Fossils where the body of the organism is no longer present but some evidence of its existence remains (trace fossils ):
7. Molecular fossils - molecules that survive in the geologic record even when no other traces of the organism persist. Some examples include biochemical breakdown products of chlorophyll, flavinoids, collagen, DNA, lipids, and proteins.
8. Trace fossils - tracks, trails, burrows and other evidence that organisms were present.
Each type of fossil carries different types of anatomical and biological information. Consequently, to piece together the most complete picture of an ancient organism, paleontologists hope for the same organism preserved in several different styles.
Unaltered Remains Unaltered remains are the grail of paleontologists because they preserve the organisms' body intact. Natural mummies, frozen mammoths, pack rat middens that preserve a cross section of plant material in an area, are important windows into these ancient times and places. Unfortunately, the conditions (dry or ice) seldom persist for geologically long periods, and so most unaltered remains tend to be geologically recent. An important exception to this generalization is amber, the polymerized resin of various kinds of trees. Arthropods, plant material and small vertebrates trapped in resin, which is later metamorphosed to amber, can be preserved in spectacular detail. However, they aren't quite "unaltered" as organic compounds in the resin tend to "pickle" the organism, making it unsuitable for some types of biochemical analyses.
Compressions and Impressions Compressions are fossils that have suffered physical deformation such that the three-dimensional organism is compressed to more-or-less two-dimensions. Compressions retain organic matter, usually more or less coalified (reduced to a black film composed mostly of carbon). Compressions of leaves, for example, differ from impressions in that some organic substance, often cuticle, is preserved. Compressions are excellent records of external form, especially for planar structures like leaves.
Impressions are two-dimensional imprints of organisms or their parts found, most commonly, in fine-grained sediment such as silt or clay. Impressions are essentially compressions sans organic material. If the sediment is very fine-grained, impressions may faithfully replicate remarkable details of original external form, regardless of subsequent consolidation of the sediment. Impressions may also occur if, when layers of rock are split apart, the organic material adheres to only one side of the rock. In this case, the side with organic material is the compression, known as the "part", while the corresponding impression is known as the "counterpart".
One particularly interesting type of impression forms in "dirty" sand. In this type of sediment, relatively coarse sand grains are mixed with silt and clay. This type of sediment is common in river and flood plain environments, lakes and in many marine settings. When an organism falls into this type of sediment and begins to decay, the first organic bonds to break leave charged molecular tails hanging off the surface. This charged tail attracts clay particles with opposite charge that linger within the sediment. The clay migrates to the organism's surface, coating it. This has two remarkable consequences: First, further decay is retarded because clay is occupying sites of organic reaction. Second, the minute grain size of clay (<0.0039 mm) allows fine detail to be preserved. Because most of the sediment is relatively coarse (sand grain size 0.5-1.0 mm), the organic material is commonly lost later, but an exquisitely detailed impression is retained in the clay film. This mode of preservation is important in the Dakota Sandstone flora of Cretaceous age. It is also key to the preservation of soft tissue in remarkable animal fossils such as the Jurassic bird Archaeopteryx and the strange Cambrian invertebrates of the Burgess Shale.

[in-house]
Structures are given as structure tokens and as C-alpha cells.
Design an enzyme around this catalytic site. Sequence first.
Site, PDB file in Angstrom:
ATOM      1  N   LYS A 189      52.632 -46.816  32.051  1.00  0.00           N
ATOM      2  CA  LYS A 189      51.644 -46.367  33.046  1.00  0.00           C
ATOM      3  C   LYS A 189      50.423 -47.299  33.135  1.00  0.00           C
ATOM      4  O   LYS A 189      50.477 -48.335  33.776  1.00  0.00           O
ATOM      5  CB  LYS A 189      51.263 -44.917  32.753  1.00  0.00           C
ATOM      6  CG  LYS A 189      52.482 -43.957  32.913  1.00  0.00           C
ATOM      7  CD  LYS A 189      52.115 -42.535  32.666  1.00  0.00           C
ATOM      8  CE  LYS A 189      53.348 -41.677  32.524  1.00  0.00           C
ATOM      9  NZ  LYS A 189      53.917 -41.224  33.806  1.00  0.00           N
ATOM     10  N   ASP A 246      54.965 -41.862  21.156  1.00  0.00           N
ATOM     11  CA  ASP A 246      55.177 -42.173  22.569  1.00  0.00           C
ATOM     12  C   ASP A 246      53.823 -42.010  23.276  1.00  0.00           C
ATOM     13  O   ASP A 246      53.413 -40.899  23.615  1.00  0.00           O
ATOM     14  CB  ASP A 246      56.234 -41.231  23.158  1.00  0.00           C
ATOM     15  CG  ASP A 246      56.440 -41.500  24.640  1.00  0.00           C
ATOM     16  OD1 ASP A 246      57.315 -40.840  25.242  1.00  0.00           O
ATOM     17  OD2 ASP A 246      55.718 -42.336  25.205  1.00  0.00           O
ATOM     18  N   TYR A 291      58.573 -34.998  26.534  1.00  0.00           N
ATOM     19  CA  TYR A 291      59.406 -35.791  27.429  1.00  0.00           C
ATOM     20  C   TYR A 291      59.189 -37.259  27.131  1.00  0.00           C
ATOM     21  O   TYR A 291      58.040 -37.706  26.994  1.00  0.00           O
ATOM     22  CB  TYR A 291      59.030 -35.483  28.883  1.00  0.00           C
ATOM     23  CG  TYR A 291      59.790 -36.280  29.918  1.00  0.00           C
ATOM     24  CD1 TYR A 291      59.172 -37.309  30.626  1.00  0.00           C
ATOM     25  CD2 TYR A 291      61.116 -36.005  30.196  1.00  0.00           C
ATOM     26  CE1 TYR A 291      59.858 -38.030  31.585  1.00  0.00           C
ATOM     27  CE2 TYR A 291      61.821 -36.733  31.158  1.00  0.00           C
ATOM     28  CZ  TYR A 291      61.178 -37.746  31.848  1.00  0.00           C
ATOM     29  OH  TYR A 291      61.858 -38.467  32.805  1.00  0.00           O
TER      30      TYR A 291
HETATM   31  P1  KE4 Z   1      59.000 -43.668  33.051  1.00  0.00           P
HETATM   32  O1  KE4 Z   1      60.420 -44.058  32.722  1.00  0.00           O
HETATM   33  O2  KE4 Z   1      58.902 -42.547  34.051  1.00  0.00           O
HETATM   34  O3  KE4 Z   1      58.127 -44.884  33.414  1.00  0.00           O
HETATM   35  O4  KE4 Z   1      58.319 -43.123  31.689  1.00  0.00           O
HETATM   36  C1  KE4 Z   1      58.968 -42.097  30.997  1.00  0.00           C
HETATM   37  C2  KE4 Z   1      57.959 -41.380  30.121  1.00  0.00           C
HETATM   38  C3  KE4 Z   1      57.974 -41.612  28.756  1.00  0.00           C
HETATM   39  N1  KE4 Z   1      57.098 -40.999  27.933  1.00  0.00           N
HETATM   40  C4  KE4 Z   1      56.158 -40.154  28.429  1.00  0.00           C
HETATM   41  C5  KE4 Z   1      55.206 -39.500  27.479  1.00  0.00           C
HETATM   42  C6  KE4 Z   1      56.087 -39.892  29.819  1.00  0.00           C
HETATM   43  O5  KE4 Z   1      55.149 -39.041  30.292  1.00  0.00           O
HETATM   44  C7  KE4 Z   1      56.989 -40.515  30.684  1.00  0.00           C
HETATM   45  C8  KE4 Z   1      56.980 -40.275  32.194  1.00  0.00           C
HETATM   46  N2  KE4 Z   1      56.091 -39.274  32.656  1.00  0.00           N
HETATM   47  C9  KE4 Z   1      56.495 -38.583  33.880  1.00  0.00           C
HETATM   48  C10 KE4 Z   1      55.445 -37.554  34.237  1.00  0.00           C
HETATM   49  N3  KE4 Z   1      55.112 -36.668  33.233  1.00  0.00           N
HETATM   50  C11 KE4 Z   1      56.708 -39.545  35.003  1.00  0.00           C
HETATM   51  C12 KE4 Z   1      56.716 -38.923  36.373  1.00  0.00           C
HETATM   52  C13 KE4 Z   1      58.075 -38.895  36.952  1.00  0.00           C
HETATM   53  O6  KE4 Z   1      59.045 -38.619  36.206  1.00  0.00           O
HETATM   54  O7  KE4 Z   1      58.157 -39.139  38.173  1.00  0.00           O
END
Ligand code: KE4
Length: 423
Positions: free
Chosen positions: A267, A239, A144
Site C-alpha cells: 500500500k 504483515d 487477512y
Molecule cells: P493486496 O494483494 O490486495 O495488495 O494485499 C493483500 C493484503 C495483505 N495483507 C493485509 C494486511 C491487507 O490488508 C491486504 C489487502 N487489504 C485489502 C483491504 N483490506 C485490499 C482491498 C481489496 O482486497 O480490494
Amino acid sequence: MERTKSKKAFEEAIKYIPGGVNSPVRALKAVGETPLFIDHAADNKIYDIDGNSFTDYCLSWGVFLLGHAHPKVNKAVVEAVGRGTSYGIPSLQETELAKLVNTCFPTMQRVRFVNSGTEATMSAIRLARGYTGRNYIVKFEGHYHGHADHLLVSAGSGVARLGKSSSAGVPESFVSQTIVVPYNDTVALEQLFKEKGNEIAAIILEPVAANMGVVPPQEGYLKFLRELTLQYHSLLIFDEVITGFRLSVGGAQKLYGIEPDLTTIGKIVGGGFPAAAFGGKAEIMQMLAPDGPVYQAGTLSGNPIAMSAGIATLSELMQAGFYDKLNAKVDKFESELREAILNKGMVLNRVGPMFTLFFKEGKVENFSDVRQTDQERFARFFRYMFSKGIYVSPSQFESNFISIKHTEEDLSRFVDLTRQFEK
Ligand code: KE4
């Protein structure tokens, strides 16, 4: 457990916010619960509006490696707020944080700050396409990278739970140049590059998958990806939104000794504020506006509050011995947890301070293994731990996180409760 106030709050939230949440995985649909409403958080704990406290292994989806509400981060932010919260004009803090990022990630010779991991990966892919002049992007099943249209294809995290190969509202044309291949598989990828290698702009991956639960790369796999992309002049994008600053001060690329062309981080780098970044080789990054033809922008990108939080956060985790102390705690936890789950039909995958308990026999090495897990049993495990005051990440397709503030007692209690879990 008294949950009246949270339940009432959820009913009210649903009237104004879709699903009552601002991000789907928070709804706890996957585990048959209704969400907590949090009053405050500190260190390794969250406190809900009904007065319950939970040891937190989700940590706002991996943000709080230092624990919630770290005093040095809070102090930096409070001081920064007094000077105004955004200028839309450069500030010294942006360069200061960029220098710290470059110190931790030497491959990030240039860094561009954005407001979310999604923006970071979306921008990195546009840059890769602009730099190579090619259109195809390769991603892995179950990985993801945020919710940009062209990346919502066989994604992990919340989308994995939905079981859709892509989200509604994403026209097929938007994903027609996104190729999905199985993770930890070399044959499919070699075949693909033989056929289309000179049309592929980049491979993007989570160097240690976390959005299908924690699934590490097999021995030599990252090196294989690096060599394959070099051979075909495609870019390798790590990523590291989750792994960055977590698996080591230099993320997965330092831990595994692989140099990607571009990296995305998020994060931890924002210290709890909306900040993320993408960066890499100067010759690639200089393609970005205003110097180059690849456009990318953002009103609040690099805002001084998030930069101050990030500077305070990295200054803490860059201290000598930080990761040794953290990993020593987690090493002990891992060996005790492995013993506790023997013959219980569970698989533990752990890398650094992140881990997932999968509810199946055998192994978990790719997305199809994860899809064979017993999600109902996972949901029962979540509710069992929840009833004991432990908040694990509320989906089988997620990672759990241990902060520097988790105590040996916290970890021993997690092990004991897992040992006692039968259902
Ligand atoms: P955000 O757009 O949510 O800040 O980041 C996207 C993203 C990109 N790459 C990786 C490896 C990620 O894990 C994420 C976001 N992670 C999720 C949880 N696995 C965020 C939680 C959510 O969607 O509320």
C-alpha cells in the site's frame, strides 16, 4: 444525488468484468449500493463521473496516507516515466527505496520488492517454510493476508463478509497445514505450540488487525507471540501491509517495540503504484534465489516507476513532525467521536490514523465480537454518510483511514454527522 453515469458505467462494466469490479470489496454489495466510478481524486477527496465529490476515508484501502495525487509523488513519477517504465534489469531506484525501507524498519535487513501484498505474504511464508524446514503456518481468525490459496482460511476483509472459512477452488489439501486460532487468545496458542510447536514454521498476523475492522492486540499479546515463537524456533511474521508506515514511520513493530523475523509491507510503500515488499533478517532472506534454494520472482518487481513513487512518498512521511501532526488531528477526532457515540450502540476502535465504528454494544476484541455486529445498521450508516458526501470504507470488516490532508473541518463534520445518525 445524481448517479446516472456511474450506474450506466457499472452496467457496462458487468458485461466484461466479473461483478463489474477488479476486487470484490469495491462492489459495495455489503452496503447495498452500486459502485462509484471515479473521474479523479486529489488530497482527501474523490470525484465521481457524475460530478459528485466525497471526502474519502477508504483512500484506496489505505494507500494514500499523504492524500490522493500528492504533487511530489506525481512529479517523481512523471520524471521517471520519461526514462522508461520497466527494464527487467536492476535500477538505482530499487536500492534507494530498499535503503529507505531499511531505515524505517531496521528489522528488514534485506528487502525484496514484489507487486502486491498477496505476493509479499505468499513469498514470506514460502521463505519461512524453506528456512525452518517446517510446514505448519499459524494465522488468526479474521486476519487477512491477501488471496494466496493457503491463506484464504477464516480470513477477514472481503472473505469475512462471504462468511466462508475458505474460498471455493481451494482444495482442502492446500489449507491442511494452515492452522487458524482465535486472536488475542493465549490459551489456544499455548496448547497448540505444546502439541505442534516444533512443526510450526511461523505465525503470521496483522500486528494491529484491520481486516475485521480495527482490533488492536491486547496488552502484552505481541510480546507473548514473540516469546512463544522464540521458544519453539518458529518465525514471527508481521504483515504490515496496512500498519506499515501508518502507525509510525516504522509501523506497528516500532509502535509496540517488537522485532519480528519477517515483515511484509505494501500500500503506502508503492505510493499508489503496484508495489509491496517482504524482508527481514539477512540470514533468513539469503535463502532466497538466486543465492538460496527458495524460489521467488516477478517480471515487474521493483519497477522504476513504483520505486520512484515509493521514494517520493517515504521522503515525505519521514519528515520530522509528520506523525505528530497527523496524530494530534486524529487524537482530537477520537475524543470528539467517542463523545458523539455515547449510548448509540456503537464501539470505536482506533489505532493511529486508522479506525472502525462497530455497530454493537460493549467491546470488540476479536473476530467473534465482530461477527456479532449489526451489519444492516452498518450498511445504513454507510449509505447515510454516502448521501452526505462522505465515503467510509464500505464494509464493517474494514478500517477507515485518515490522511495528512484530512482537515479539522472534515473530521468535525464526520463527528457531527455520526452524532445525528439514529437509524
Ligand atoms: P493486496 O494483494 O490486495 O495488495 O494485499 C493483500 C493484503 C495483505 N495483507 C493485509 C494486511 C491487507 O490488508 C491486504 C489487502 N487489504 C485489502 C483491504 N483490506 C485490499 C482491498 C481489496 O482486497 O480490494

Impressions, like compressions, record information about external shape and morphology of plant organs. However, because they lack organic material, cuticle and organic carbon cannot be recovered from them. In cases of impressions in very fine-grained sediment, some cellular detail can be recovered by making a latex of silicone rubber cast of the impression.
Casts and Molds When sediment is deposited into cavities left by the decay of some organic structure, a cast results. A mold is essentially a cavity left in the sediment by the decayed an organic object. Molds are generally unfilled, or may be partially filled with sediment (in this case, the sediment filling the mold would make a cast). Casts and molds commonly lack organic matter.
Molds are formed when soft sediment surrounding the structure lithifies or hardens before the structure decays. When the mold fills in with sediment that subsequently hardens, a cast is formed. Molds of an internal hollow structure like the inside of an empty shell are common. Such molds can be confusing because you are looking at the inside of the fossil-what in life would have been empty space or filled with soft parts. Like compressions and impressions, casts and molds record external (or sometimes internal) features well, but provide no cellular or tissue information. Unlike compressions/impressions, molds and casts often are truer records of the original three-dimensional shape of the structure.